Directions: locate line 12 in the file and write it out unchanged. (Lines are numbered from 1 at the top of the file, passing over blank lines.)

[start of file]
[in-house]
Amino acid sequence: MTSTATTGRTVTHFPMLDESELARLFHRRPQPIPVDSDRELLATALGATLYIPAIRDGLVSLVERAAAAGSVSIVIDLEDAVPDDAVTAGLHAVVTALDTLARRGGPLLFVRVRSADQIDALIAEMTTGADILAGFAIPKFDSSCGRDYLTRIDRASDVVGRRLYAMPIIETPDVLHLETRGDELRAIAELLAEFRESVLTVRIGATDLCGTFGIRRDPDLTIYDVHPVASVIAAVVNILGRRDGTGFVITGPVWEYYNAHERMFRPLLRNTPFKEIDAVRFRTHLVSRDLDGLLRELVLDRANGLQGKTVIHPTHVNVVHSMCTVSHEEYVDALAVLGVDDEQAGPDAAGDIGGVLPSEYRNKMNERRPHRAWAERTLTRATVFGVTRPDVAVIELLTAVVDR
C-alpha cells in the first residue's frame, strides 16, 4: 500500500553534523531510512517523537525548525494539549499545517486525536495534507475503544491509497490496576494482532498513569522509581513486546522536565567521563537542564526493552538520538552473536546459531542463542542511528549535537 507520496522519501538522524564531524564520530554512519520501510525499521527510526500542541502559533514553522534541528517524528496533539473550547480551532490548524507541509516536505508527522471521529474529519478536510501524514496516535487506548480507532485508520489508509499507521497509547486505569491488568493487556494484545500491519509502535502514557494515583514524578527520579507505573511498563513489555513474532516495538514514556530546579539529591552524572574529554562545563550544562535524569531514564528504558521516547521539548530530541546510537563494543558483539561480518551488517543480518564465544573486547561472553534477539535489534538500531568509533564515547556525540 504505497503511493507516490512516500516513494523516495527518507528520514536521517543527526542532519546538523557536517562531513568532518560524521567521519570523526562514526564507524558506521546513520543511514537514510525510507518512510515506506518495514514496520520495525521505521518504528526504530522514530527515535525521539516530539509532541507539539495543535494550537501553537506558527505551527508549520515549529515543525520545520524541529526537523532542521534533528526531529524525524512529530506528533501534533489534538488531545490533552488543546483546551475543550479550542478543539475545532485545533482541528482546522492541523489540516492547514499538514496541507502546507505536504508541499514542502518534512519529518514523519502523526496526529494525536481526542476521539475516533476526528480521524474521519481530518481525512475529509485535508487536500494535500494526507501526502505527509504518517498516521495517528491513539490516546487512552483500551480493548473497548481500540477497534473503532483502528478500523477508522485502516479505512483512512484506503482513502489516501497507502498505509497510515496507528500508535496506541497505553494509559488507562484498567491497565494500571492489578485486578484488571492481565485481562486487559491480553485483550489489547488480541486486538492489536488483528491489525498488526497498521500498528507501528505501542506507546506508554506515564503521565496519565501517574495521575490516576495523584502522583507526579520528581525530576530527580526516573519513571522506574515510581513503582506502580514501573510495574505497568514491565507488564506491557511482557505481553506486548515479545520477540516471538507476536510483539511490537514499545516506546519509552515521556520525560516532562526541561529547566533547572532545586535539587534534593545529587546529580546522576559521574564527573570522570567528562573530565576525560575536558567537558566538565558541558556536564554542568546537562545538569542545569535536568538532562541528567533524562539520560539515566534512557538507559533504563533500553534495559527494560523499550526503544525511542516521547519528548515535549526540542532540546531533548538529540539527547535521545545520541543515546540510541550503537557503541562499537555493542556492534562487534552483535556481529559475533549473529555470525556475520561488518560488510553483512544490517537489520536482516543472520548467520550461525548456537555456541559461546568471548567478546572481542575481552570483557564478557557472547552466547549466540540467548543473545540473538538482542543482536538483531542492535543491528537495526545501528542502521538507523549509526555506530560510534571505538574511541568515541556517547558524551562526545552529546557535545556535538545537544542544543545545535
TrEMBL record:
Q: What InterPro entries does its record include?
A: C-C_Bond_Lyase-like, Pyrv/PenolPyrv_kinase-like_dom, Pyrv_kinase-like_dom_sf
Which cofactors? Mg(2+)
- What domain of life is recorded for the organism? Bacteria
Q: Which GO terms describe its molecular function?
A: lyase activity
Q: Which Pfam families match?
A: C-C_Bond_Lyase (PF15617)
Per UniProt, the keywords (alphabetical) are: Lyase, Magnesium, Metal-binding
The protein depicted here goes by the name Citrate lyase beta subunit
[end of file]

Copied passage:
A: C-C_Bond_Lyase (PF15617)